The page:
Nation building in Afghanistan
It is now ancient history that on August 15 the Taliban entered Kabul without any resistance from the forces of Afghan President Ashraf Ghani. The Afghan president, dubiously elected twice, fled to a foreign destination, accompanied by a large sum of money and close advisers. Thus ended the 20-year occupation of the United States and its Afghan allies. President Joe Biden had previously pledged to leave Afghan soil sooner than promised. American policymakers expected the Ghani government and its army formed in American military academies and armed with sophisticated weapons to hold the ground, keeping the expected Taliban assault at bay. Once the Taliban started moving, the Afghan army collapsed, leaving behind US-supplied weapons in admirable condition.
Once the Taliban can form a government and bring reasonable stability to their country, they will be faced with the difficult task of building a nation, in a country that has virtually no viable institutions since the Soviet invasion in 1979. Even before the advent of Soviet occupation, the communist-leaning governments of Taraki, Hafizullah Amin, and Babrak Karmal had uprooted the age-old socio-political arrangement of a multi-ethnic Muslim society. Afghanistan has been a decentralized country, even under the powerful rulers in Kabul. Tribes living in remote areas, isolated by high mountains, managed their affairs through a Jirga system. The too centralized efforts and pushing the Afghan people towards a foreign ideology tore the social cohesion of the country.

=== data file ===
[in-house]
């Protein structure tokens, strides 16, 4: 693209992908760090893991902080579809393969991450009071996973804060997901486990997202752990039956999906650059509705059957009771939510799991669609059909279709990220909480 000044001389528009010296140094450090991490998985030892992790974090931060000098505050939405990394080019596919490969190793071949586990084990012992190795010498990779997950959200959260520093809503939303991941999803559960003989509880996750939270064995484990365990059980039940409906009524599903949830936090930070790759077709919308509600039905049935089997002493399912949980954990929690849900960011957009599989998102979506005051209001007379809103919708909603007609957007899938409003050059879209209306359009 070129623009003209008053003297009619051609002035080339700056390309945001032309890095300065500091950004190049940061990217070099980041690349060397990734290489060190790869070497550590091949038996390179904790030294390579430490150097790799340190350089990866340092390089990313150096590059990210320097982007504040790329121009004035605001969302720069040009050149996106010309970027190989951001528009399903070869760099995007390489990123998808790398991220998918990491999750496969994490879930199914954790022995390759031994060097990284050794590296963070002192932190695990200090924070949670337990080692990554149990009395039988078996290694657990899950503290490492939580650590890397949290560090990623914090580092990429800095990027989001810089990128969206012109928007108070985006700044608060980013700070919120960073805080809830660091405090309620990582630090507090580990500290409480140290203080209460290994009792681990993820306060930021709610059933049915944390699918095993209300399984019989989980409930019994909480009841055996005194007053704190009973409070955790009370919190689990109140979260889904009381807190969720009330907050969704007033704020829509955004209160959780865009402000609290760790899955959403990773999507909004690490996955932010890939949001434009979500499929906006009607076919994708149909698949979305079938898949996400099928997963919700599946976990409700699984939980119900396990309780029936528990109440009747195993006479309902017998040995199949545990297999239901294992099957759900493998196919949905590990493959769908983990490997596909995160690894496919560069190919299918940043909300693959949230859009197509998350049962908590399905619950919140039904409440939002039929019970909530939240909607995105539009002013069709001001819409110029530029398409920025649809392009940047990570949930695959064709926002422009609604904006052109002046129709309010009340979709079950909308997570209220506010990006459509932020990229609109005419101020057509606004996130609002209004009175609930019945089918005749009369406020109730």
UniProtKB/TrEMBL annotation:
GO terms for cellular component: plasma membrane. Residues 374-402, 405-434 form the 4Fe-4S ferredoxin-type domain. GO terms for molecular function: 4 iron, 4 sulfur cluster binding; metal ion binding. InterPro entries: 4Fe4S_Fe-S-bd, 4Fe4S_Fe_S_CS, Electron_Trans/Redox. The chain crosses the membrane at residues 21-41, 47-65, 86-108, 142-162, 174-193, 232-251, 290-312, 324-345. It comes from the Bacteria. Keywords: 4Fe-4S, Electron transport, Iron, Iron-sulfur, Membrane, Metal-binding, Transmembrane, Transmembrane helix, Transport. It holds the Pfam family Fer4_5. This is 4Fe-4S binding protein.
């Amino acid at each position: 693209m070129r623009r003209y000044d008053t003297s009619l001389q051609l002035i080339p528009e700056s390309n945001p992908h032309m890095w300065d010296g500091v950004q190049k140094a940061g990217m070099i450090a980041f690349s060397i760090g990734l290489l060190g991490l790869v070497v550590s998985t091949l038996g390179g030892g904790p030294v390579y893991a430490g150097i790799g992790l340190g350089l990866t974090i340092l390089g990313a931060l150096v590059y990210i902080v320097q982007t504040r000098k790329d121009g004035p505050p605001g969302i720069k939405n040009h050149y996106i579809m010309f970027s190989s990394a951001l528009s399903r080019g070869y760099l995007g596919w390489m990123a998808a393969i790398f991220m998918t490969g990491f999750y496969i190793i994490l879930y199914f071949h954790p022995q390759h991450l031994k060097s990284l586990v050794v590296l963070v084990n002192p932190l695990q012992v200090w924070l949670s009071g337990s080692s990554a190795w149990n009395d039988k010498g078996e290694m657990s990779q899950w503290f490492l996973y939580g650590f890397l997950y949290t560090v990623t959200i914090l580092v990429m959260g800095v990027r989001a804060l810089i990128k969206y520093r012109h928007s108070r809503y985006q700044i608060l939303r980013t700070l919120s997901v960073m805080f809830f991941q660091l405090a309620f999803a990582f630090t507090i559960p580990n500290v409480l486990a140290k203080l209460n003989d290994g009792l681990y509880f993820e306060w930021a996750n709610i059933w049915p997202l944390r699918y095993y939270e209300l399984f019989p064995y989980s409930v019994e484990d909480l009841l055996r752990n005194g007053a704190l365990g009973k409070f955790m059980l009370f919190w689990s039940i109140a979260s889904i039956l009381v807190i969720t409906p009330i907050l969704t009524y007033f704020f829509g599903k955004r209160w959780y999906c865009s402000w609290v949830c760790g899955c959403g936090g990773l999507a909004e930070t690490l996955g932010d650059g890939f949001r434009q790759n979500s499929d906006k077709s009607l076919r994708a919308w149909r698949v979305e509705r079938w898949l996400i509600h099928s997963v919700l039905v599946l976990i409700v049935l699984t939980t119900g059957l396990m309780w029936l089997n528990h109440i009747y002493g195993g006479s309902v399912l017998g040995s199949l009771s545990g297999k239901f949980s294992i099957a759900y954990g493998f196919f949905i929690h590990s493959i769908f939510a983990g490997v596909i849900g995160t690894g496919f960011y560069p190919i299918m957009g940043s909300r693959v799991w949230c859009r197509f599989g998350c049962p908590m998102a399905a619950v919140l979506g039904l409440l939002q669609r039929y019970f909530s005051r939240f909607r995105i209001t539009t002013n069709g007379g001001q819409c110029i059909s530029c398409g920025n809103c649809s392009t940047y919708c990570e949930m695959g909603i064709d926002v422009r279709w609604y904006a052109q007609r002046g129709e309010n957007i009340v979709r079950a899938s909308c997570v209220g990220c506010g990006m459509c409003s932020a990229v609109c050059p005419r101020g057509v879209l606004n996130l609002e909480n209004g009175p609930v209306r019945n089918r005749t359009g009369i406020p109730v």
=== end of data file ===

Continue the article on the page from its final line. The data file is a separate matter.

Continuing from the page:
The disruption in Afghanistan was further compounded by 20 years of total control of US forces. When George W. Bush began the occupation after the events of September 2001, he was promised, although he said the contrary, that the main objective of the Americans would be “nation building”, apart from the eradication of al-Qaeda sanctuaries. It was also promised that all attention would be focused on building institutions such as the elected parliament, an election system, a judiciary, a bureaucracy and, most importantly, a national army to protect the other institutions. .
In a public utterance, George W Bush shirked his professional responsibility and turned to the United Nations to do the job. Subsequently, Barack Obama and Donald Trump followed suit. They believed they would face the difficult task of nation building, even if it could have helped the state of Afghanistan in the long run.